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Natasha Coulis
Ex-Mormon queer feminist trauma-informed writer. Embracing complexity, nuance, slow conflict, unknowing, non-judgment, love.
Apple bite and photography by E.H. Image by Natasha Coulis.

Trigger and content warning: This piece fleetingly mentions rape. It also discusses religious and community control behaviours.

Note: I use “wokeness,” “cancel culture,” and “The Church of Social Justice” interchangeably and as different from “social justice.” Keep reading for further explanation. Imagined audience are white social justice activists.

About eight years ago when I was 32, I sat in my new girlfriend’s kitchen and mused aloud how unfortunate it is that ducks get raped. Lots of animals do, but I didn’t yet know about barbed lion penises because animals kind of bore me unless they’re being gay. After I said…

Photo by Lerkrat Tangsri from Pexels

NOTE: Major content and trigger warning for child abuse and suicide attempts.

Things I never remember my mom saying to me, not even once:

“I adore you.”

“You are so special.”

“You are so lovable.”

“You will figure it out. You’ll be able to overcome this.”

“You can do anything you set your mind to.”

“You’re so talented.”

“That was so brave of you.”

“I’ll be here to help you.”

“If you have any questions or needs, reach out and I’ll see what I can do.”

“What do you want to do with your life?”

“What do you want to…

Photo by Willian Justen de Vasconcellos on Unsplash

This is a follow-up to “I treasure my mother”, a piece I wrote about childhood abuse, its intergenerational impact, and forgiveness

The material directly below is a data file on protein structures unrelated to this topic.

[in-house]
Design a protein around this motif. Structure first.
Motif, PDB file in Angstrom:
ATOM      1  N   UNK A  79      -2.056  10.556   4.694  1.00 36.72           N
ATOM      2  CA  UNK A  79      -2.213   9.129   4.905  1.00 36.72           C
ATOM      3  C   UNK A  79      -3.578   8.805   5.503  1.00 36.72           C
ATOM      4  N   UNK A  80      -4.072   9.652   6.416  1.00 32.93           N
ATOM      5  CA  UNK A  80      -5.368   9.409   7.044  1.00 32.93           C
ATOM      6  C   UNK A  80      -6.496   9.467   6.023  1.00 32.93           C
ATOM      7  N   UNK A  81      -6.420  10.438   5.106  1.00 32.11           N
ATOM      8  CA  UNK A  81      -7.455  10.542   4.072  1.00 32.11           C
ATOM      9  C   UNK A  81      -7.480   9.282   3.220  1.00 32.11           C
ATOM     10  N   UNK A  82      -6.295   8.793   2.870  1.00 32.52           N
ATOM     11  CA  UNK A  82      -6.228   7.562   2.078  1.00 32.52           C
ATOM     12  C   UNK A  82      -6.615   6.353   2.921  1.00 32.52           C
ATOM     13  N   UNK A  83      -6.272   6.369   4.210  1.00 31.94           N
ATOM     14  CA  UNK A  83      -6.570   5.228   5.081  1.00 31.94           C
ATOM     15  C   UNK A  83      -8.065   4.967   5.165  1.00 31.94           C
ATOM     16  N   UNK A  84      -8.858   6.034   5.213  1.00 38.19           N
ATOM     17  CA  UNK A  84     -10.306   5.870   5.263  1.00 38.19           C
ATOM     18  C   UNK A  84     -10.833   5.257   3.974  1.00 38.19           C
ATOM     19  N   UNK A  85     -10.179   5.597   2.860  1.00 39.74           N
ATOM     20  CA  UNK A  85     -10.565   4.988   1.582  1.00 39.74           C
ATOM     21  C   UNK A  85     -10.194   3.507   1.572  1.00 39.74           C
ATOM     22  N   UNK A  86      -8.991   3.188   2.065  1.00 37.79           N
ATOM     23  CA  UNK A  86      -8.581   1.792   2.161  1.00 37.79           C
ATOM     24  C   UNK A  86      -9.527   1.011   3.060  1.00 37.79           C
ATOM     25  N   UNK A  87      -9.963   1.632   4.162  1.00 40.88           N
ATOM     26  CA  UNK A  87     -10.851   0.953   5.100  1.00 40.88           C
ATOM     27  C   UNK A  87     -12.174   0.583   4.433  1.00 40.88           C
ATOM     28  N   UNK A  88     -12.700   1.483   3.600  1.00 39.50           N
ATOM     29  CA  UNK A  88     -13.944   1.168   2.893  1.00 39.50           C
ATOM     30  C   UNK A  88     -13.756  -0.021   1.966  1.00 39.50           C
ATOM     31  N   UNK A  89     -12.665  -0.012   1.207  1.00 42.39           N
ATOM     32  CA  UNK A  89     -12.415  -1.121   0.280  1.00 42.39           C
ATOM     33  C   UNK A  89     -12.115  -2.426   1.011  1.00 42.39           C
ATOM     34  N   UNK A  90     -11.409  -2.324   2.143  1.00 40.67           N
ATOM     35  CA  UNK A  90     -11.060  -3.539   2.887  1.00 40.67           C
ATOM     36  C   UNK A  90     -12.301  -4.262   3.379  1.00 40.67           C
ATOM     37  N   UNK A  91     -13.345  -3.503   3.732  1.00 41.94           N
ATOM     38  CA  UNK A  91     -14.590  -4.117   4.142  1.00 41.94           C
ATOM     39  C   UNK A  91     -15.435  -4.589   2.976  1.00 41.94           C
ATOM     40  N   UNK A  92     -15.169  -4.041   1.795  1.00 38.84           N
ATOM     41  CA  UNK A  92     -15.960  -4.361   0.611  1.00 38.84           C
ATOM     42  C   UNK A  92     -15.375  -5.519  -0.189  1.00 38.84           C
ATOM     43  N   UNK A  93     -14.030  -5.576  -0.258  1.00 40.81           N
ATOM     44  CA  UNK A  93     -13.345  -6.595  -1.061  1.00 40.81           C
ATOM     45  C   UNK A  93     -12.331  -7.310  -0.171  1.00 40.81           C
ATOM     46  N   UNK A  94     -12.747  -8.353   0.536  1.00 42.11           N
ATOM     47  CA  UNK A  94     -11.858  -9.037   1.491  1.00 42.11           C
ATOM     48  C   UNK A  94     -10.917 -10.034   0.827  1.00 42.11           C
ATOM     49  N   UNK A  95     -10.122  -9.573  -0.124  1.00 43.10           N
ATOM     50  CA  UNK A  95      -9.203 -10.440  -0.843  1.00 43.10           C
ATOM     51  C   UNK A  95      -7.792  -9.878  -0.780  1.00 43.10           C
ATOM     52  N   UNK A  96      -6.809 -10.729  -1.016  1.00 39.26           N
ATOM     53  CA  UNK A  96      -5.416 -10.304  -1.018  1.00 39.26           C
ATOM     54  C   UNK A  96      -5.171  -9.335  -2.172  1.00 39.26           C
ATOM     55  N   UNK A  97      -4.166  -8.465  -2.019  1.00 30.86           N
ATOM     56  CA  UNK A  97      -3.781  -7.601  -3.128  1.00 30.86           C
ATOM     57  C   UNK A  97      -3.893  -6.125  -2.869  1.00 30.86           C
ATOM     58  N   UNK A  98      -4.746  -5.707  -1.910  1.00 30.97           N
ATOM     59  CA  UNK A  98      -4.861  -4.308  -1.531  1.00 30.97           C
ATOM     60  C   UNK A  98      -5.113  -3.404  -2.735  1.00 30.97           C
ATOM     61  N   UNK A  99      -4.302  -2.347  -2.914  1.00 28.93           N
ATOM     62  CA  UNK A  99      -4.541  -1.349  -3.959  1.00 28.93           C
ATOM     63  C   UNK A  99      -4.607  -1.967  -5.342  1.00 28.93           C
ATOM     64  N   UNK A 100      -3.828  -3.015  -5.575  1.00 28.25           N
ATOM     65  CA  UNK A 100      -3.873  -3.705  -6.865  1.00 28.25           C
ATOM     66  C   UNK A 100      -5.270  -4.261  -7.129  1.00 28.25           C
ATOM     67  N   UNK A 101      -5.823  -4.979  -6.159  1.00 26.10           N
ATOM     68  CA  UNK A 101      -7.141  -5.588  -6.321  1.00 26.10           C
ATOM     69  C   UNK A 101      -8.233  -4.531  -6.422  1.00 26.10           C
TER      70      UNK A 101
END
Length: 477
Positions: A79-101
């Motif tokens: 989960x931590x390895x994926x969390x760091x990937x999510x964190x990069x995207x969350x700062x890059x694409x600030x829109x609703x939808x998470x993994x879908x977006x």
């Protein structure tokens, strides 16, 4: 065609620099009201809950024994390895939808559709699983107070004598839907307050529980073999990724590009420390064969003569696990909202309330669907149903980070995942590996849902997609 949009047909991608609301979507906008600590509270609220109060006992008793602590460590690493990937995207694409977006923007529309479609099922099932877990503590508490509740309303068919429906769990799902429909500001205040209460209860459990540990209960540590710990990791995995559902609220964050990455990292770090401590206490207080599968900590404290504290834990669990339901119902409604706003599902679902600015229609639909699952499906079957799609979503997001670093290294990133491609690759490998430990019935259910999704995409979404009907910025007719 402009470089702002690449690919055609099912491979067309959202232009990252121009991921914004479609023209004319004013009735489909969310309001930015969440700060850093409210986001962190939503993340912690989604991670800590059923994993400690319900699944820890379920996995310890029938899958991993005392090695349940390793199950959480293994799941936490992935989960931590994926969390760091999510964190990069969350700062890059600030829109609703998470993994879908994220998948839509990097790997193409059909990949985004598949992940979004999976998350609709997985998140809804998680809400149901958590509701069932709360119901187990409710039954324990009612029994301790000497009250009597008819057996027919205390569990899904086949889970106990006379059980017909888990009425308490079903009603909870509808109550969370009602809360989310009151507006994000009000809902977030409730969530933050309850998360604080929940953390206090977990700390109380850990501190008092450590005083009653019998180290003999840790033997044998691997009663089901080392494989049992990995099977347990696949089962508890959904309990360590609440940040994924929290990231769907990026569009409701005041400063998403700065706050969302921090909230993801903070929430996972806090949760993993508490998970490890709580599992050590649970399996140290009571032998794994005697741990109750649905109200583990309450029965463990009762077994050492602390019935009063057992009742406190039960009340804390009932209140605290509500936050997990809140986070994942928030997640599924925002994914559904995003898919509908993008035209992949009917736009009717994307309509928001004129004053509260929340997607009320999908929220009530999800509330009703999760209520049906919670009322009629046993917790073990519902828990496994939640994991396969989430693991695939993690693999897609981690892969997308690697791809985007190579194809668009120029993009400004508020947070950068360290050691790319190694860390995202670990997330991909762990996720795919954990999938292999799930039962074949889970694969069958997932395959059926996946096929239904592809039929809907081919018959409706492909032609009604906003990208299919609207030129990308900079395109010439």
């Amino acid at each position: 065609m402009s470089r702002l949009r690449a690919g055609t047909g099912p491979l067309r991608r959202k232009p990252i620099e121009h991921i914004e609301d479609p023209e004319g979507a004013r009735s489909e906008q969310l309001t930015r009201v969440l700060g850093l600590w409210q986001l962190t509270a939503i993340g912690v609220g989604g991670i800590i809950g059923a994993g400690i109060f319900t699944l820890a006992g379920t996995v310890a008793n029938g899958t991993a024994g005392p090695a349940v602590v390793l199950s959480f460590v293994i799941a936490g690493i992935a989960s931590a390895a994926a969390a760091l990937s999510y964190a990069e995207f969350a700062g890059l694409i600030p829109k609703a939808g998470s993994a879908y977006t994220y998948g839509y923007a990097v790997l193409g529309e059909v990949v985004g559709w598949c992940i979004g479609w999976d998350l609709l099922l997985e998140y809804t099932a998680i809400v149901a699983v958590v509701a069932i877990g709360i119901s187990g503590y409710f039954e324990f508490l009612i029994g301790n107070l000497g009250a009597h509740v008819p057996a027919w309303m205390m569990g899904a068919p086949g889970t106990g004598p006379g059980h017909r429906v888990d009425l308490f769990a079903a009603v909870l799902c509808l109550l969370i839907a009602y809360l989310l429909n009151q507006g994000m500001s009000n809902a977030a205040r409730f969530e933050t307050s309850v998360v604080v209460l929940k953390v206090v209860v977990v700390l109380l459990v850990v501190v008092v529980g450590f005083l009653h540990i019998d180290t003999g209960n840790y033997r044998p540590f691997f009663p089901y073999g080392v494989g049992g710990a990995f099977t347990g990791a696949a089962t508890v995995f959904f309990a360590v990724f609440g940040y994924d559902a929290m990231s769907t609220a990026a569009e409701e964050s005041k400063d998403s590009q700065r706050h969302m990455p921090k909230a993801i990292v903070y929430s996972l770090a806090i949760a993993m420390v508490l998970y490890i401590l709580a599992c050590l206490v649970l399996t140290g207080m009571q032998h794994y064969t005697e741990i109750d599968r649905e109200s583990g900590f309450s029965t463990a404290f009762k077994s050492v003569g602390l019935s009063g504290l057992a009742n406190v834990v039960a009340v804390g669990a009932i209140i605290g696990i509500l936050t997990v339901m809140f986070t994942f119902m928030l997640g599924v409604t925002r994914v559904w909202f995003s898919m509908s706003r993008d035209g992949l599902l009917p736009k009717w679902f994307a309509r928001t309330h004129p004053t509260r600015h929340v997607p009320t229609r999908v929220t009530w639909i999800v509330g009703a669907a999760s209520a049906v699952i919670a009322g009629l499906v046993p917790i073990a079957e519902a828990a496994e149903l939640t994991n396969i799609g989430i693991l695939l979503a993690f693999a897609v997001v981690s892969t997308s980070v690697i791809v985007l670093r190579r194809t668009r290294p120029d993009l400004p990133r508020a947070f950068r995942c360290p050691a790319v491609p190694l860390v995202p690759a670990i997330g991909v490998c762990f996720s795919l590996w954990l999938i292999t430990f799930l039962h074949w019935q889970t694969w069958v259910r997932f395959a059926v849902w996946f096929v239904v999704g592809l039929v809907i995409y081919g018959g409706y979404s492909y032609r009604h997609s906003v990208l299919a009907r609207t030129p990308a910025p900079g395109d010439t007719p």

I used to focus on all the good I could have done if I had not had such a traumatic childhood. I used to think about the superior choices I would have made. I would have gone to university at age 18, and would have wound up with a PhD by age 30. Maybe I would have gone to med school. I would have made better relationship decisions for myself. …

Photo by Jeffrey Czum from Pexels

Trigger warning: This essay semi-graphically discusses childhood sexual assault, abuse, suicidal ideation, violence, cancel culture.

Ever since #metoo, media spread broad awareness about why we should “believe survivors” of abuse and support them. Famous men were cancelled for their abuse. They were de-platformed and excoriated in the press. I was one of many women who breathed a sigh of relief. I wondered if our culture was truly shifting toward women being able to speak up about being sexually assaulted and harassed and receive care, starting with being believed. I want to be believed.

I was sexually assaulted as a 10-year-old…

Photo by Nathan Dumlao on Unsplash, editing by Natasha Coulis

Note: My imagined audience here are social justice activists who regularly promote deplatforming straight cis white men indefinitely as a representation correction model

Sometimes when I am about to quote someone with a poetic, insightful, articulate, experienced thing to say, I ask myself if they are white and if they are a man and if so, I hesitate. I feel pressured to somehow find a similar sentiment or idea expressed by someone from a less visibly represented identity. I hear in my head the horde of online activists(?), …

Original photography by Isabella Mendes, image editing by Natasha Coulis